From the Archives

Aubade

Tom Sleigh

Lathe of the ocean. Perpetual
Motion machine of the waves. Everything still
Being turned and shaped to a shape nobody
Foresees: Ten years ago, was it, when we

Walked that shore, too earnest and sheepish
To hold hands? The wind cutting through our clothes
Cleansed and burned, the chill off the Atlantic
An ache we courted in our dumbstruck talk:

Callow, expectant, what wouldn’t love give?
Cavalcanti’s ray from Mars, Dante’s wheel that moves
The planets and the stars, how nervous
We were, awkward and shivering: “Like this,

Do you like it like this?” Up all night,
Then waking to the small of flannel and sweat,
We lay grateful, winded, goosefleshed in the chill,
Our own atmosphere rich and breathable:

We drank round the clock, embracing extremes,
Too hurried and heartsore to think of time…
Out fishing after midnight, we watched schools of squid
Slide and shimmer, tentacles tight-wrapped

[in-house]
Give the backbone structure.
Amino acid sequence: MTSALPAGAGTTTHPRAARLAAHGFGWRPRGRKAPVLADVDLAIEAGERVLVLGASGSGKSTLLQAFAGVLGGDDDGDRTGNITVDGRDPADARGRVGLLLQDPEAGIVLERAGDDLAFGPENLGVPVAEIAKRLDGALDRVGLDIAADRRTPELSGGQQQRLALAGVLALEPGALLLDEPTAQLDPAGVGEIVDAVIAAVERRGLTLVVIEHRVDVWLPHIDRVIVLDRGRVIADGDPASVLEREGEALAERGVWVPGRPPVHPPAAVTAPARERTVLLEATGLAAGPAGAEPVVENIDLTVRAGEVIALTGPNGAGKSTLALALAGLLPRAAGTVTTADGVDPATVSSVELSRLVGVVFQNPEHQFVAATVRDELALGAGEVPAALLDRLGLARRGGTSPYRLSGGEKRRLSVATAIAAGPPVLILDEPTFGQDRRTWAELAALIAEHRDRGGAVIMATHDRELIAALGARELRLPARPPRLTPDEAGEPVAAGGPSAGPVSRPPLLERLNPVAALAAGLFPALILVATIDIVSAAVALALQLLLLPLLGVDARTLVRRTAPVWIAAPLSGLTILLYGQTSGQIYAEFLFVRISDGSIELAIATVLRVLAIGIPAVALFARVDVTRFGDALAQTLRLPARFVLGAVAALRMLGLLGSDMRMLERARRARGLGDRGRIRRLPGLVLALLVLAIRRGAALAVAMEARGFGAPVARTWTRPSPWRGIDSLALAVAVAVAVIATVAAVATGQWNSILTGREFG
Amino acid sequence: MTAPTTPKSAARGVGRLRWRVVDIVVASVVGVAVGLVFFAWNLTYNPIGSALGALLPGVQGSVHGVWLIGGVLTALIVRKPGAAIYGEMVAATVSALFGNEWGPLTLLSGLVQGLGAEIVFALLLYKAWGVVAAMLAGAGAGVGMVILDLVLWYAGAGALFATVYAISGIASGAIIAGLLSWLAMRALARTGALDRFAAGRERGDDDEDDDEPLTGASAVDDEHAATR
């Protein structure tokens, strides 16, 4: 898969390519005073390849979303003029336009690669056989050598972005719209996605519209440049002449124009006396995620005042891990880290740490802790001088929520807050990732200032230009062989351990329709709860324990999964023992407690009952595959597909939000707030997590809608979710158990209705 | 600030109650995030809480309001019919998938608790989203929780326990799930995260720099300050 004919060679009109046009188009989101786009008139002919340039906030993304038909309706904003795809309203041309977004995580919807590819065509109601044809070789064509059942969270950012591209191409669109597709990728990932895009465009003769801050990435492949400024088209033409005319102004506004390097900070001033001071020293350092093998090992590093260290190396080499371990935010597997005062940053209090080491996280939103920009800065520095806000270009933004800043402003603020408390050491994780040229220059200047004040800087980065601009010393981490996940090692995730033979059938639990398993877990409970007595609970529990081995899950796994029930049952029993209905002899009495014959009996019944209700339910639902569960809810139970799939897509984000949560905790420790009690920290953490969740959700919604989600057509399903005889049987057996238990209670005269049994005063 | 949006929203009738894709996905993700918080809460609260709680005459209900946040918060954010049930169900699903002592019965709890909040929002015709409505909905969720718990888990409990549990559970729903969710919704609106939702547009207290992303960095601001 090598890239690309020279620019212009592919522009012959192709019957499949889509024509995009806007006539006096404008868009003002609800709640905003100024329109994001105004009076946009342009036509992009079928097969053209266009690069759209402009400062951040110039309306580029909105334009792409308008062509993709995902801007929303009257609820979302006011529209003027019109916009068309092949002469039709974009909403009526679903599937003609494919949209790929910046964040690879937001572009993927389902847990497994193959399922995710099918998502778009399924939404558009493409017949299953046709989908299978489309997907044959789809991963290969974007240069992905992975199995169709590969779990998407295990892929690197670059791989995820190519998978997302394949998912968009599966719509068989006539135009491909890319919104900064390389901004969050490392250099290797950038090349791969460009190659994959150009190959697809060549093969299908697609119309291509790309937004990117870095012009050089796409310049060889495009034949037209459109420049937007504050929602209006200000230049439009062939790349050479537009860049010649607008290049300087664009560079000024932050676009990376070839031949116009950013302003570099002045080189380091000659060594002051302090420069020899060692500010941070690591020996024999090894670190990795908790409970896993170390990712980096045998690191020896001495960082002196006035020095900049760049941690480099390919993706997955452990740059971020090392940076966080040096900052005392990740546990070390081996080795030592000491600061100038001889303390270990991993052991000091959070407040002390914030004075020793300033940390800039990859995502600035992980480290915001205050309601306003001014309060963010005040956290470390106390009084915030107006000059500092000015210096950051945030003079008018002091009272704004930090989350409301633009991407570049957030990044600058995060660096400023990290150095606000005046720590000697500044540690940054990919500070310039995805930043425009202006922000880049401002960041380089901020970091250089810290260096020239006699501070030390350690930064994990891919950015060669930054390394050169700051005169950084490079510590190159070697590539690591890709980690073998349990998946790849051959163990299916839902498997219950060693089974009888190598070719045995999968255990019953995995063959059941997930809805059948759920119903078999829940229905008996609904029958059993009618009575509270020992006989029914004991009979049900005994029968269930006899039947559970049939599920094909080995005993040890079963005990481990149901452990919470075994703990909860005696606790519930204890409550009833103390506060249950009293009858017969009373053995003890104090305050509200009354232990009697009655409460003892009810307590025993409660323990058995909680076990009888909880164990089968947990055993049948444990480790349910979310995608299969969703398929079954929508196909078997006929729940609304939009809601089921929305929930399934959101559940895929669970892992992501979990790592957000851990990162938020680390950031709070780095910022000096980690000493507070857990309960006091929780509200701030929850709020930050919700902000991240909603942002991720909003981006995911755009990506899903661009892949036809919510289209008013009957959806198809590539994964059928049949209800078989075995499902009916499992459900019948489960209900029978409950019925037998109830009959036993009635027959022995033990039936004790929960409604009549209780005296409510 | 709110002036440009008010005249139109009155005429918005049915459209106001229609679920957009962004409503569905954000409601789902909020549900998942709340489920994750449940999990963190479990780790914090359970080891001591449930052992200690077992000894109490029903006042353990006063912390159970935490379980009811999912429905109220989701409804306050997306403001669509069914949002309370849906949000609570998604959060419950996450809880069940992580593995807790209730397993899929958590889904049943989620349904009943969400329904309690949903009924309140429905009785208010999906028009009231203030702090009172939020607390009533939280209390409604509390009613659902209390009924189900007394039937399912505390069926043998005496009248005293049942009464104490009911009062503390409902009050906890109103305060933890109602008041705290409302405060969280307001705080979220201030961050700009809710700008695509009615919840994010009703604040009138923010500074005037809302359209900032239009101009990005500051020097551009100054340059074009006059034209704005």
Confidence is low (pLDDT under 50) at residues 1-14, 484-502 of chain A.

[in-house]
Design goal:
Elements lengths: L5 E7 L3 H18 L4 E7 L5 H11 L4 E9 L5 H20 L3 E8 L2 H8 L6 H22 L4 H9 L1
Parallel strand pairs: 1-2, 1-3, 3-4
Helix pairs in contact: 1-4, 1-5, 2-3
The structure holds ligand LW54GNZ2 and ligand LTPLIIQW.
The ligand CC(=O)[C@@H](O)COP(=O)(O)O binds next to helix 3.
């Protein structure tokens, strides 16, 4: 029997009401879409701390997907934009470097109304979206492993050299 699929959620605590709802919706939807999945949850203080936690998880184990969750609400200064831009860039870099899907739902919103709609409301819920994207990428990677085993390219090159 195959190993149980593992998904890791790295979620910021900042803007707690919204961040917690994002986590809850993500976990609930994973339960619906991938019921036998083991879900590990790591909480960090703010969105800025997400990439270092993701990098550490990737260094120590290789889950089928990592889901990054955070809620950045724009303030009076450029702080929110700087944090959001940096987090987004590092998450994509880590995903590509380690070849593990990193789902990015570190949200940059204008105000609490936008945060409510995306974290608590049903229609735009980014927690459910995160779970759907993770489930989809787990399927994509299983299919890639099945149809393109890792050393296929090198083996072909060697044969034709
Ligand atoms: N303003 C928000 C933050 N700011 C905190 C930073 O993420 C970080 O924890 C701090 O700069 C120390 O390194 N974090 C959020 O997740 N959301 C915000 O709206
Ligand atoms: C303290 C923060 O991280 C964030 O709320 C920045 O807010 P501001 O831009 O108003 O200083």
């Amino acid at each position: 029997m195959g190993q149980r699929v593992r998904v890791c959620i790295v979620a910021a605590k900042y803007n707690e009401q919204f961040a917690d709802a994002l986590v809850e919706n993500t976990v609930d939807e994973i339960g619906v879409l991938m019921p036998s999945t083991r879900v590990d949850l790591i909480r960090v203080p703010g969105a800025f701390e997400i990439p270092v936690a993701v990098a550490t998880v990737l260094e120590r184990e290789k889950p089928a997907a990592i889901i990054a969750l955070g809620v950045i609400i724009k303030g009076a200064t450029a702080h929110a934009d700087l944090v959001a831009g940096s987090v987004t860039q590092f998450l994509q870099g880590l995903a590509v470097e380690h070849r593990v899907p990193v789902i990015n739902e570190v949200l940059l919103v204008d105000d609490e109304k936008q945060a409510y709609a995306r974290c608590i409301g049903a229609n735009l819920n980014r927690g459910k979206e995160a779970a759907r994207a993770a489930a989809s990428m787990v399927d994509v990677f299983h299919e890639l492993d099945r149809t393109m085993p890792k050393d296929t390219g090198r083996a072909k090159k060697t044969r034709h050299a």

Around our gig’s hooks: Yanked from the water,
They sprouted jets of ink, then pulsed and quivered
And faded to dead-white, their eyes, resigned and sober,
Opening wider and wider… Ten years more,

And will either of us remember
That ink sticky on our hands, the moon-glare
Rippling as we knelt underneath the pier
And scrubbed and scrubbed our hands in the dark water?

Tom Sleigh is the author of Station Zed, Army Cats, and Space Walk (Kingsley Tufts Award). He has published in The New Yorker, The Atlantic, VQR, APR, Poetry, Threepenny, and elsewhere.
Originally published:
July 1, 1989

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